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Fulcrum Speed 40 CMPTZN DB wheelset



Pushed hard on price by others, but a beautiful looking set of wheels that deliver a great performance
Super-smooth bearings
'Twill' carbon finish looks great
Good stiffness levels
Campagnolo freehub costs extra
Tough competition on price

At every product is thoroughly tested for as long as it takes to get a proper insight into how well it works. Our reviewers are experienced cyclists that we trust to be objective. While we strive to ensure that opinions expressed are backed up by facts, reviews are by their nature an informed opinion, not a definitive verdict. We don't intentionally try to break anything (except locks) but we do try to look for weak points in any design. The overall score is not just an average of the other scores: it reflects both a product's function and value – with value determined by how a product compares with items of similar spec, quality, and price.

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Fulcrum's Speed 40 CMPTZN DB wheelset combines stunning looks with impressive performance. Their light weight means they're massively responsive, but they maintain plenty of stiffness for powerful or heavy riders – although those of the latter persuasion will need to keep an eye on that 120kg all-in weight limit.

Fulcrum wheels normally have a bit of red somewhere to reflect the company's logo, but for these Speed CMPTZN everything has gone a little bit stealth, and I like it.

2022 Fulcrum Speed 40 CMPTZN DB - rim detail 1.jpg

The black/grey logos on the woven carbon fibre finish look the business, but there's no point looking awesome if they don't perform – thankfully, Fulcrum hasn't dropped the ball there.

On our scales they come in at 1,560g, a little heavier than Fulcrum's claimed 1,460g, but nothing to really write home about. Most of our weights include rim tape, but thanks to Fulcrum's 2-Way fit that has a rim bed with no spoke holes, that's not needed here so can't be blamed for pushing the weight up.

2022 Fulcrum Speed 40 CMPTZN DB - rim bed.jpg

Out on the road, things still feel lively – after all, just over 1,500g is in no way shabby for a 40mm-deep set of wheels.

Acceleration feels lively and there are no issues with lateral stiffness. Out-of-the-saddle efforts show plenty of tightness throughout the build from both the front and rear wheels.

There's a slight aero advantage from the depth of the rim, although they don't feel as fast as wheelsets such as the Hunt 44 Aerodynamicists at 44mm deep, or the 45mm-deep Zipp 353 NSW wheels I was testing alongside the Fulcrums.

2022 Fulcrum Speed 40 CMPTZN DB - rim detail 3.jpg

It does mean the Speed 40s are a good choice as a fast all-rounder: quick enough on the flat and descents without getting battered around by crosswinds, while still being light and stiff enough for hilly rides.

Fulcrum has used its CULT ceramic bearings (Ceramic Ultimate Level Technology) in the Speeds' hubs and regardless of whether you think the extra cost is worth it, they roll super, super smoothly.

Rolling resistance in the wheels is absolutely tiny, and I could barely detect any drag when spinning them in mid-air. In fact, Fulcrum claims savings of 3.5 watts per pedal stroke compared with traditional bearings.

When it comes to the build, the rims are 40mm deep but their shape isn't quite as bulbous as some models on the market; it's more a traditional 'V' shape with a rounded edge.

2022 Fulcrum Speed 40 CMPTZN DB - spoke nipple 2.jpg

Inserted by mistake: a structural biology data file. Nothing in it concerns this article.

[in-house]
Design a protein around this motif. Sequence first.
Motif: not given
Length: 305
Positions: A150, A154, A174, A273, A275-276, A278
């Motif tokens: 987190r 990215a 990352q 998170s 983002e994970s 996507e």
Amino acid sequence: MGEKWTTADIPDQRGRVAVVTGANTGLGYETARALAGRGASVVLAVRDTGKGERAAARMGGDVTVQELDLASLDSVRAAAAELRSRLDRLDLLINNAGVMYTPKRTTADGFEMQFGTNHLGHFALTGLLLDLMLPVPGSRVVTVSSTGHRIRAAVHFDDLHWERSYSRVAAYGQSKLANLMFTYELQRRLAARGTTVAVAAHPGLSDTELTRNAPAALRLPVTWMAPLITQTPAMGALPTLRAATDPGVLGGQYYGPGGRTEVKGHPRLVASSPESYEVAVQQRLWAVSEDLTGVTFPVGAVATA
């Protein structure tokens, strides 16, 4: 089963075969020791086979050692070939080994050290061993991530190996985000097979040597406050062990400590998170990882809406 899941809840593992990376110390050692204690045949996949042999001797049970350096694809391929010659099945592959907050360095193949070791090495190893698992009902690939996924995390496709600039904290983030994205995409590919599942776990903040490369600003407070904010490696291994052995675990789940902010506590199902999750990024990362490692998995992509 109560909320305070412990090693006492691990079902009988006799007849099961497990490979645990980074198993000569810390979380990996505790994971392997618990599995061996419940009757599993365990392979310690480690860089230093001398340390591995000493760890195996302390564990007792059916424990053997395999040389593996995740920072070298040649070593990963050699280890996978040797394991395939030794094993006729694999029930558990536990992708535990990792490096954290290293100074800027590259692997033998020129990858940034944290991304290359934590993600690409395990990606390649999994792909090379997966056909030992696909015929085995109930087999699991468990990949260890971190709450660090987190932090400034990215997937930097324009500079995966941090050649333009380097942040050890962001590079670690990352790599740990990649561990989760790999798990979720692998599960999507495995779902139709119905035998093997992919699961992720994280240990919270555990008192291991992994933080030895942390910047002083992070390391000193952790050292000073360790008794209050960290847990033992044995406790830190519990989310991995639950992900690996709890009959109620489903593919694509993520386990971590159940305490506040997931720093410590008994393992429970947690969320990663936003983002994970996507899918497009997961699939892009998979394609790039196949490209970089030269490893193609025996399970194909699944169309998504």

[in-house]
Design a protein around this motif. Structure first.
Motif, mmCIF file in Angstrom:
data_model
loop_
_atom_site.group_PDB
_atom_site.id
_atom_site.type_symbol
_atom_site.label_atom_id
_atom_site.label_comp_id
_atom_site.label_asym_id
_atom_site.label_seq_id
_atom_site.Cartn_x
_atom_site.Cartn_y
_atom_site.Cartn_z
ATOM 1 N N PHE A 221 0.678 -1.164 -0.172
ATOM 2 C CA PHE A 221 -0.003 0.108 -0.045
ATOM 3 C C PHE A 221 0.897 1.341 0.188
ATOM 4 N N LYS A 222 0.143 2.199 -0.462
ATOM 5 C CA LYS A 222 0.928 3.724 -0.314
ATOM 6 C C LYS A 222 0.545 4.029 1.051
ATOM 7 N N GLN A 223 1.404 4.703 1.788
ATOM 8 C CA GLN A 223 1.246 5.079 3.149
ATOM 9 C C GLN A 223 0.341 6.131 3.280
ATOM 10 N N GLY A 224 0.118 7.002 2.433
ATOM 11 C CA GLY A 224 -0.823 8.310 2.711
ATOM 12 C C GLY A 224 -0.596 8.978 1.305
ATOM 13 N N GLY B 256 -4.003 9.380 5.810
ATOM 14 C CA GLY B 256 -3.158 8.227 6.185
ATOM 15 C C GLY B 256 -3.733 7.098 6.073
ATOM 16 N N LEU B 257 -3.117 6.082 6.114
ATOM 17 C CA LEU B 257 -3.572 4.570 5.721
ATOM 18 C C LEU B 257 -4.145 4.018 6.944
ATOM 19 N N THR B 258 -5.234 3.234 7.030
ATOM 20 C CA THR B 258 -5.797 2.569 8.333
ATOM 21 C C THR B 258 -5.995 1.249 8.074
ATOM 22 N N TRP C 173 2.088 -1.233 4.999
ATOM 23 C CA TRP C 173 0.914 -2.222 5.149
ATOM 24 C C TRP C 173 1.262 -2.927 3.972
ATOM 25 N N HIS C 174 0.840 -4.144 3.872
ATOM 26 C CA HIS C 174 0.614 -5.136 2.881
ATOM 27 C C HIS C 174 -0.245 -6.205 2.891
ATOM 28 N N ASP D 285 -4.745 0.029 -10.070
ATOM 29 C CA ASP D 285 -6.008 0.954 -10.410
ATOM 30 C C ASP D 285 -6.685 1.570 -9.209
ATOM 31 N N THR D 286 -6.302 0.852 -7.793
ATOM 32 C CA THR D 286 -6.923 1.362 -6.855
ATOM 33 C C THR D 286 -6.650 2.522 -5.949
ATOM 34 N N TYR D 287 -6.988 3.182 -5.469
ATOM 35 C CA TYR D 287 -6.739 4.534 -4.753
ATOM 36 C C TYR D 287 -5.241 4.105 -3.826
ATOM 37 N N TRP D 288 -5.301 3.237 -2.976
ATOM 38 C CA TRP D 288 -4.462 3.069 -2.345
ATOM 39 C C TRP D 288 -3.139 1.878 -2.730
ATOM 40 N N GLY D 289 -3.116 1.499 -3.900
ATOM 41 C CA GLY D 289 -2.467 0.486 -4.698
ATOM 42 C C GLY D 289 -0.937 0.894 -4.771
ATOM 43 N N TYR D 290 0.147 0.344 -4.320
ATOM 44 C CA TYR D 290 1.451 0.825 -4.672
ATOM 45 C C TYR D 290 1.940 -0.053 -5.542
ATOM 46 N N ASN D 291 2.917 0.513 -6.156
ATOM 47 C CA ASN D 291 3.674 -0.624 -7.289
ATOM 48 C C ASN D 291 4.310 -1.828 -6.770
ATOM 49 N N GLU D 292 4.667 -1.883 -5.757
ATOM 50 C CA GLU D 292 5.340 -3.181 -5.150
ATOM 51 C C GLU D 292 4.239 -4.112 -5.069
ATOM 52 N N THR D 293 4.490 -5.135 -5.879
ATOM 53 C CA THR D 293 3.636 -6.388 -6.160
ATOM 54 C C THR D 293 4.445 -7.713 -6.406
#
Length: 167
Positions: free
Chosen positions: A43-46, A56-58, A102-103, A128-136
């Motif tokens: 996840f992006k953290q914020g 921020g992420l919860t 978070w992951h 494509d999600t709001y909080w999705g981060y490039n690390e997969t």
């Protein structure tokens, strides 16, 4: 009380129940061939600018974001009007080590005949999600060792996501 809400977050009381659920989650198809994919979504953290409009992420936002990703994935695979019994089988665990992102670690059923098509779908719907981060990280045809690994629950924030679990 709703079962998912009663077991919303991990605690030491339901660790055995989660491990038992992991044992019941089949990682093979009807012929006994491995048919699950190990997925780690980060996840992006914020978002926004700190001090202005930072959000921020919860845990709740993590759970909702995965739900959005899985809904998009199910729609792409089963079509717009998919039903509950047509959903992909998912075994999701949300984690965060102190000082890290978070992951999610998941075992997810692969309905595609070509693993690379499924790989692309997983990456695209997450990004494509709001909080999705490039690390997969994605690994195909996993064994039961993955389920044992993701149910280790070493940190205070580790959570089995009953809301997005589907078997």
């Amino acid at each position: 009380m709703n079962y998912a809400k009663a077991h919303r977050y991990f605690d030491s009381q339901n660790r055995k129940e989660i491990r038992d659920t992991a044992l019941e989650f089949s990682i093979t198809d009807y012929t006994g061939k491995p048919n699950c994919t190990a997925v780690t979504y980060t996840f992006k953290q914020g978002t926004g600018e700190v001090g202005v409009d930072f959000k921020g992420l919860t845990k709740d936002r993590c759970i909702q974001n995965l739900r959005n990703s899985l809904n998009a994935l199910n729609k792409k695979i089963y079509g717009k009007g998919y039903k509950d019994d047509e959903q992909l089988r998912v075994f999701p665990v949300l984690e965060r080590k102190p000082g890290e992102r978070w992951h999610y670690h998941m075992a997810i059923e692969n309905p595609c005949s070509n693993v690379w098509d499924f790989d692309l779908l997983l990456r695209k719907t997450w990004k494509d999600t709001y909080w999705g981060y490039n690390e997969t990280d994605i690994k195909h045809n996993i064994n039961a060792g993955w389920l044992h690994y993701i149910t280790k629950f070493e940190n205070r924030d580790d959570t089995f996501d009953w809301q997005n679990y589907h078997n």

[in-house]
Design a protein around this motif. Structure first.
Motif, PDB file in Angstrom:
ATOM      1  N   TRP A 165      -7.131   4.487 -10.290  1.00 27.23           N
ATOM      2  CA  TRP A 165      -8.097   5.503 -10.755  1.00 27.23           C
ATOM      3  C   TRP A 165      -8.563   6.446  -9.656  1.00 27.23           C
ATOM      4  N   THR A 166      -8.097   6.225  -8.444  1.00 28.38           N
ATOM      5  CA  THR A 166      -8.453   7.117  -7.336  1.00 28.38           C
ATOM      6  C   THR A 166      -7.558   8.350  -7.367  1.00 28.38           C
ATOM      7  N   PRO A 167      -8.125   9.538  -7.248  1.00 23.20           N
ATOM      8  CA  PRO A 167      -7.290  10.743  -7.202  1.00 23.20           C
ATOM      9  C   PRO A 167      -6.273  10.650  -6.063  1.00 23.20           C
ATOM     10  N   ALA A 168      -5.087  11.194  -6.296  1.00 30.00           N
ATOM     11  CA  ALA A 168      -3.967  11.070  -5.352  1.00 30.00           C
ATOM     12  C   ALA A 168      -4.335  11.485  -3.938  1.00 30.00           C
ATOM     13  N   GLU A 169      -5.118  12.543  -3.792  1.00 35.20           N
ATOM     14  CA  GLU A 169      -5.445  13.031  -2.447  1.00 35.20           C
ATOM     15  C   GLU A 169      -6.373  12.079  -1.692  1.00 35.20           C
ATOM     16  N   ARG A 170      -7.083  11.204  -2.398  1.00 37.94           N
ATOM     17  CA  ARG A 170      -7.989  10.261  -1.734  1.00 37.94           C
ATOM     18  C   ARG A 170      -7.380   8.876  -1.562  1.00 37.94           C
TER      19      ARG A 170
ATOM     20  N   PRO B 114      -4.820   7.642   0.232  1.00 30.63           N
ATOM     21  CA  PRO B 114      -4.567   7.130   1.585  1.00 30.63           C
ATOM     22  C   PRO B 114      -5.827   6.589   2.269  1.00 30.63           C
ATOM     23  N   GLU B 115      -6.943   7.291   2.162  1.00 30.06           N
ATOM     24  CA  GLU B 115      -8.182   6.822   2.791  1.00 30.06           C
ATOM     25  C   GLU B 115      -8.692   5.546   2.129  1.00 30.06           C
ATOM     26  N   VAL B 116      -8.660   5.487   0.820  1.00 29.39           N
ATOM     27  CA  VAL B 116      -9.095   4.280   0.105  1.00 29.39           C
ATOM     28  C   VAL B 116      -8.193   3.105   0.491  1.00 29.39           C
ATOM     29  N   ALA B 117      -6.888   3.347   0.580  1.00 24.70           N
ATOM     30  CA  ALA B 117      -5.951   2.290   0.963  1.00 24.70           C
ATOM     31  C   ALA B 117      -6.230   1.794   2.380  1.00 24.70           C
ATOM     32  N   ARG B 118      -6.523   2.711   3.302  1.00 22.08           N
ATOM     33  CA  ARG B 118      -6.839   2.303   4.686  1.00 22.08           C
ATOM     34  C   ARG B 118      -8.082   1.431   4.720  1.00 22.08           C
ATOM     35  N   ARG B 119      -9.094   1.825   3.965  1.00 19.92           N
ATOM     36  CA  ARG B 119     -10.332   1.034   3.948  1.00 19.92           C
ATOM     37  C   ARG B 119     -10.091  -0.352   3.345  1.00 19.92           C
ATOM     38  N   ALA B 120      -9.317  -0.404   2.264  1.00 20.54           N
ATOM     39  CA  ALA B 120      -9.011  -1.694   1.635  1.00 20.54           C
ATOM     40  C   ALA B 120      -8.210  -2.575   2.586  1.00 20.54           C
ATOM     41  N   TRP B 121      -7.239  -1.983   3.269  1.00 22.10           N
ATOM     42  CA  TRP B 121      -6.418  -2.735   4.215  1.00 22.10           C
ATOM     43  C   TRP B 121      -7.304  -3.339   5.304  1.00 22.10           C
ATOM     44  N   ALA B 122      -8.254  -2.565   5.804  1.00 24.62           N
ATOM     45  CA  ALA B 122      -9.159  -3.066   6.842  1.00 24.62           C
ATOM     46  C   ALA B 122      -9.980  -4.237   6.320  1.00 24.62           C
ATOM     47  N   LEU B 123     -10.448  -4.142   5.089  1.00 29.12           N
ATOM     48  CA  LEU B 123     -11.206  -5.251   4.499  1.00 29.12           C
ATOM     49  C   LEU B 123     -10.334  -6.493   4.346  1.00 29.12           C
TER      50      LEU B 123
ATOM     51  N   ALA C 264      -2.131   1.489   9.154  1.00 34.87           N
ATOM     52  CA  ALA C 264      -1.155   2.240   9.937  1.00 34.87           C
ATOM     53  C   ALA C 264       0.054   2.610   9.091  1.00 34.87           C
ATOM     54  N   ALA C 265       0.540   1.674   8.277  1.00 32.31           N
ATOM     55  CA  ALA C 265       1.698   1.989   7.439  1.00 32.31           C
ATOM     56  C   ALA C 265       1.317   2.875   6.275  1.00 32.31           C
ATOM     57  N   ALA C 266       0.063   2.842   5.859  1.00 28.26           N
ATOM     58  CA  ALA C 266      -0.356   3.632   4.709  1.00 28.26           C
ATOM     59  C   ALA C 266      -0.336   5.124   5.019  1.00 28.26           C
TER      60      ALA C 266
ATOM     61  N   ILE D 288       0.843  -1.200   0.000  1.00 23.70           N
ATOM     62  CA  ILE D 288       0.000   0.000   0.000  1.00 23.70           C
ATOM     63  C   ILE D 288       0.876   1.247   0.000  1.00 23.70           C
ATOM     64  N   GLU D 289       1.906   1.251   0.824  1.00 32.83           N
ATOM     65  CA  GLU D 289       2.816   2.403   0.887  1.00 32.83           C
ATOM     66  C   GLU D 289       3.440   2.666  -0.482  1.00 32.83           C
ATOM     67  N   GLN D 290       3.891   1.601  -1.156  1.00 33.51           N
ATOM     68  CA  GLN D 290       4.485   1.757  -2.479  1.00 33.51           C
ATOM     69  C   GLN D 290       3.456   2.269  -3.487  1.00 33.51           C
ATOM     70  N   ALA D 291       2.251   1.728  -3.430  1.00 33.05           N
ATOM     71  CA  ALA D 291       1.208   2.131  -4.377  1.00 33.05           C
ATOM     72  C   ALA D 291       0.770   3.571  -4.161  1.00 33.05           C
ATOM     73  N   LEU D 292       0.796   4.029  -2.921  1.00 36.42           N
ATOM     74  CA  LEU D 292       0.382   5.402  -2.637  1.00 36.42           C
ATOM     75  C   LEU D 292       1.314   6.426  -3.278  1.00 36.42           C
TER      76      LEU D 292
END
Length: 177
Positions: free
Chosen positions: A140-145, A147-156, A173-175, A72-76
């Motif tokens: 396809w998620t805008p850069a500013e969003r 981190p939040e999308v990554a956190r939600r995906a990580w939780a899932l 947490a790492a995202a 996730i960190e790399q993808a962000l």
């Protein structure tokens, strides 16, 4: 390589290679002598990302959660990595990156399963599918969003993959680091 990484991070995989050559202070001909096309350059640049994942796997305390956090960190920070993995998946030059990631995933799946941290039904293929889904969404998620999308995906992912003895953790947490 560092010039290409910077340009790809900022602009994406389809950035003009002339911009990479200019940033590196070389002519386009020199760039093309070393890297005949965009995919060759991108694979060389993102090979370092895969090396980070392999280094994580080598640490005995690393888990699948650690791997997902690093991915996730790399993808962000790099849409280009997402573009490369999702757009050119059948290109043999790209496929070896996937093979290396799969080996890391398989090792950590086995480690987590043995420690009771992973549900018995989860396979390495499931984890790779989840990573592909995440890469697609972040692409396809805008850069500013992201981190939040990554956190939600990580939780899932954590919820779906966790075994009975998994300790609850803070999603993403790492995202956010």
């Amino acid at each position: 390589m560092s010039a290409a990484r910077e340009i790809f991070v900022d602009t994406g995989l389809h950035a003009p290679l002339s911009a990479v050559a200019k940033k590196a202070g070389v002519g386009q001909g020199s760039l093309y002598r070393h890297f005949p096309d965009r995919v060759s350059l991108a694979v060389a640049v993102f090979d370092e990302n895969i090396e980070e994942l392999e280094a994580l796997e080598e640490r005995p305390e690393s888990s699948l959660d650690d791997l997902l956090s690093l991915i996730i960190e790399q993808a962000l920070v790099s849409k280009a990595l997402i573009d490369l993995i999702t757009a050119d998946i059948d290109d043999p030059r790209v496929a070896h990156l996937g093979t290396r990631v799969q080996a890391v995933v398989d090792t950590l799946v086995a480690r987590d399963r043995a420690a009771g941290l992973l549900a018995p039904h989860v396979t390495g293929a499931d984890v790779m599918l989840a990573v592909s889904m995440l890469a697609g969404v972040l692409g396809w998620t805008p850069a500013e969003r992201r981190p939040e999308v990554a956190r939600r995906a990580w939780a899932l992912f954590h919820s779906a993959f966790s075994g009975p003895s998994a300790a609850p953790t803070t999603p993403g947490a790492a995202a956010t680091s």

The inner width is 19mm, again narrower than some of the opposition, but that at least means the wheels work well with narrower race tyres like 25mm and 28mm. The outer rim is 26.5mm wide so you get a smooth transition between the rim and the tyre's sidewall in those sizes.

In fact, Fulcrum says that you can run tyres from 23mm to 50mm, and I tried them for size with a 40mm gravel tyre and they worked fine, without too much of the 'light bulb' effect.

The Speeds use hooked rims, which means they'll work with both tube type clinchers and tubeless options.

Fitting some 25mm tubeless tyres wasn't quite as straightforward as I'd hoped. I've fitted the same tyres to other wheels without issues, but here, first using a standard track pump – which works around 50 per cent of the time – it didn't, so I had another go with an Airshot. That almost worked, but I couldn't quite get the tyres to give that satisfying pop onto the rim. A slathering of soapy water on each side of the tyre did the trick in the end, and the Airshot got everything sorted.

Trying again with some 28mm tyres, they popped on first time with just the Airshot. It could just be a bit of a compatibility issue between certain brands, I guess.

I've already mentioned the CULT ceramic bearings. They're a cup and cone design, which means easy maintenance and the ability to adjust them should you find any lateral play in the hubs.

Both the front and rear hubs have oversized aluminium flanges, though they differ in terms of the body material. The front is carbon fibre while the rear is aluminium. This could give the wheels a bit of a mismatched look, but the disc rotor and cassette hide the rear hub from view – though the bling front carbon one is there on full display.

2022 Fulcrum Speed 40 CMPTZN DB - front hub 2.jpg
2022 Fulcrum Speed 40 CMPTZN DB - rear hub 2.jpg

Brake rotors are fitted using the Center Lock system.

The wheels are set up to accept 12mm thru-axles, and a Shimano HG11 or SRAM XDR freehub. Even though Fulcrum is part of Campagnolo, you have to pay extra for its N3W freehub.

Both wheels use 21 stainless steel spokes laced in a two-to-one pattern. The rear wheel uses 14 spokes on the drive side, seven on the non-drive side, while the front wheel has 14 spokes on the rotor side, seven on the other.

2022 Fulcrum Speed 40 CMPTZN DB - rear hub 1.jpg

The nipples are aluminium and sit externally, ideal for a bit of roadside repairs if needs be.

2022 Fulcrum Speed 40 CMPTZN DB - rim detail 2.jpg

Fulcrum has placed a 120kg weight limit on these wheels and that includes rider, bike and any additional luggage.


Priced at £2,599.99, these are very high quality and the attention to detail is excellent, but there is some very tough competition out there.

Black Inc's Forty Five wheelset has 45mm-deep rims and CeramicSpeed bearings, and are a similar weight, but we thought those were expensive at £2,200, while the 50mm-deep DT Swiss ARC 1100 Dicut 50 DB wheelset weighs just 1,468g and comes with Sinc ceramic bearings and an asking price of £2,299.98, up £100 since I tested them in 2020. 

> 10 of the best road bike and gravel bike wheels — reduce bike weight or get aero gains with new hoops